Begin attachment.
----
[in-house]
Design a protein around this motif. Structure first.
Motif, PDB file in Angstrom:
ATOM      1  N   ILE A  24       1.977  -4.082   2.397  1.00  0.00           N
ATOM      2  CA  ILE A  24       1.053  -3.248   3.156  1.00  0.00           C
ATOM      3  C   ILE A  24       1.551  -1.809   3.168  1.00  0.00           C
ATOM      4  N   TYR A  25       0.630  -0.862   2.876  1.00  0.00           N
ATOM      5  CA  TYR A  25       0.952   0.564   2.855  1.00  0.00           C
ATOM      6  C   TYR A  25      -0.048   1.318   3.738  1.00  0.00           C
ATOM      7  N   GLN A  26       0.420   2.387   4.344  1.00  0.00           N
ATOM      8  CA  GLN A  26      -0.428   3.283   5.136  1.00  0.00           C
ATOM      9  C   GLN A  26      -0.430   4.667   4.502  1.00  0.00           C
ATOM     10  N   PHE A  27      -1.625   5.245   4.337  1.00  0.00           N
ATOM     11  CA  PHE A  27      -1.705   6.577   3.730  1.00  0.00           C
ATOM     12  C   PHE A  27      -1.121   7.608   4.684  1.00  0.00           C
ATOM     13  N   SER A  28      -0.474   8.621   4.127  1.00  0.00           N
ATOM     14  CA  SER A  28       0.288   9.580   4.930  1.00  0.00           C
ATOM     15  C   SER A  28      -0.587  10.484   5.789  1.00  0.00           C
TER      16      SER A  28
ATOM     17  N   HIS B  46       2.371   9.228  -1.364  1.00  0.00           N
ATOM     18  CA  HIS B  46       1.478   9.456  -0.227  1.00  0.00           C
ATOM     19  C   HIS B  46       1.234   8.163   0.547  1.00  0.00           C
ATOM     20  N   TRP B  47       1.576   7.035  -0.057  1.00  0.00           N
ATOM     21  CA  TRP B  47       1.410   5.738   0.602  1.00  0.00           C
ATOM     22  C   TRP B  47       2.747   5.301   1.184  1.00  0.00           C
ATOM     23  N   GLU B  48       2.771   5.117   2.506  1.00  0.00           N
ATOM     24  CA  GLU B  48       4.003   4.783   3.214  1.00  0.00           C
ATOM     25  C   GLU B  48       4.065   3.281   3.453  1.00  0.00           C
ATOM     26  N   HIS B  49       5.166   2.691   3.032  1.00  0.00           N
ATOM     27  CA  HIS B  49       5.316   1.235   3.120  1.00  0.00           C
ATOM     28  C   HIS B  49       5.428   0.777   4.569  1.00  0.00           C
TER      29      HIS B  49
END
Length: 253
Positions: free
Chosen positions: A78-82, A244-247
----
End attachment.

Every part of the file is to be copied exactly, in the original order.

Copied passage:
[in-house]
Design a protein around this motif. Structure first.
Motif, PDB file in Angstrom:
ATOM      1  N   ILE A  24       1.977  -4.082   2.397  1.00  0.00           N
ATOM      2  CA  ILE A  24       1.053  -3.248   3.156  1.00  0.00           C
ATOM      3  C   ILE A  24       1.551  -1.809   3.168  1.00  0.00           C
ATOM      4  N   TYR A  25       0.630  -0.862   2.876  1.00  0.00           N
ATOM      5  CA  TYR A  25       0.952   0.564   2.855  1.00  0.00           C
ATOM      6  C   TYR A  25      -0.048   1.318   3.738  1.00  0.00           C
ATOM      7  N   GLN A  26       0.420   2.387   4.344  1.00  0.00           N
ATOM      8  CA  GLN A  26      -0.428   3.283   5.136  1.00  0.00           C
ATOM      9  C   GLN A  26      -0.430   4.667   4.502  1.00  0.00           C
ATOM     10  N   PHE A  27      -1.625   5.245   4.337  1.00  0.00           N
ATOM     11  CA  PHE A  27      -1.705   6.577   3.730  1.00  0.00           C
ATOM     12  C   PHE A  27      -1.121   7.608   4.684  1.00  0.00           C
ATOM     13  N   SER A  28      -0.474   8.621   4.127  1.00  0.00           N
ATOM     14  CA  SER A  28       0.288   9.580   4.930  1.00  0.00           C
ATOM     15  C   SER A  28      -0.587  10.484   5.789  1.00  0.00           C
TER      16      SER A  28
ATOM     17  N   HIS B  46       2.371   9.228  -1.364  1.00  0.00           N
ATOM     18  CA  HIS B  46       1.478   9.456  -0.227  1.00  0.00           C
ATOM     19  C   HIS B  46       1.234   8.163   0.547  1.00  0.00           C
ATOM     20  N   TRP B  47       1.576   7.035  -0.057  1.00  0.00           N
ATOM     21  CA  TRP B  47       1.410   5.738   0.602  1.00  0.00           C
ATOM     22  C   TRP B  47       2.747   5.301   1.184  1.00  0.00           C
ATOM     23  N   GLU B  48       2.771   5.117   2.506  1.00  0.00           N
ATOM     24  CA  GLU B  48       4.003   4.783   3.214  1.00  0.00           C
ATOM     25  C   GLU B  48       4.065   3.281   3.453  1.00  0.00           C
ATOM     26  N   HIS B  49       5.166   2.691   3.032  1.00  0.00           N
ATOM     27  CA  HIS B  49       5.316   1.235   3.120  1.00  0.00           C
ATOM     28  C   HIS B  49       5.428   0.777   4.569  1.00  0.00           C
TER      29      HIS B  49
END
Length: 253
Positions: free
Chosen positions: A78-82, A244-247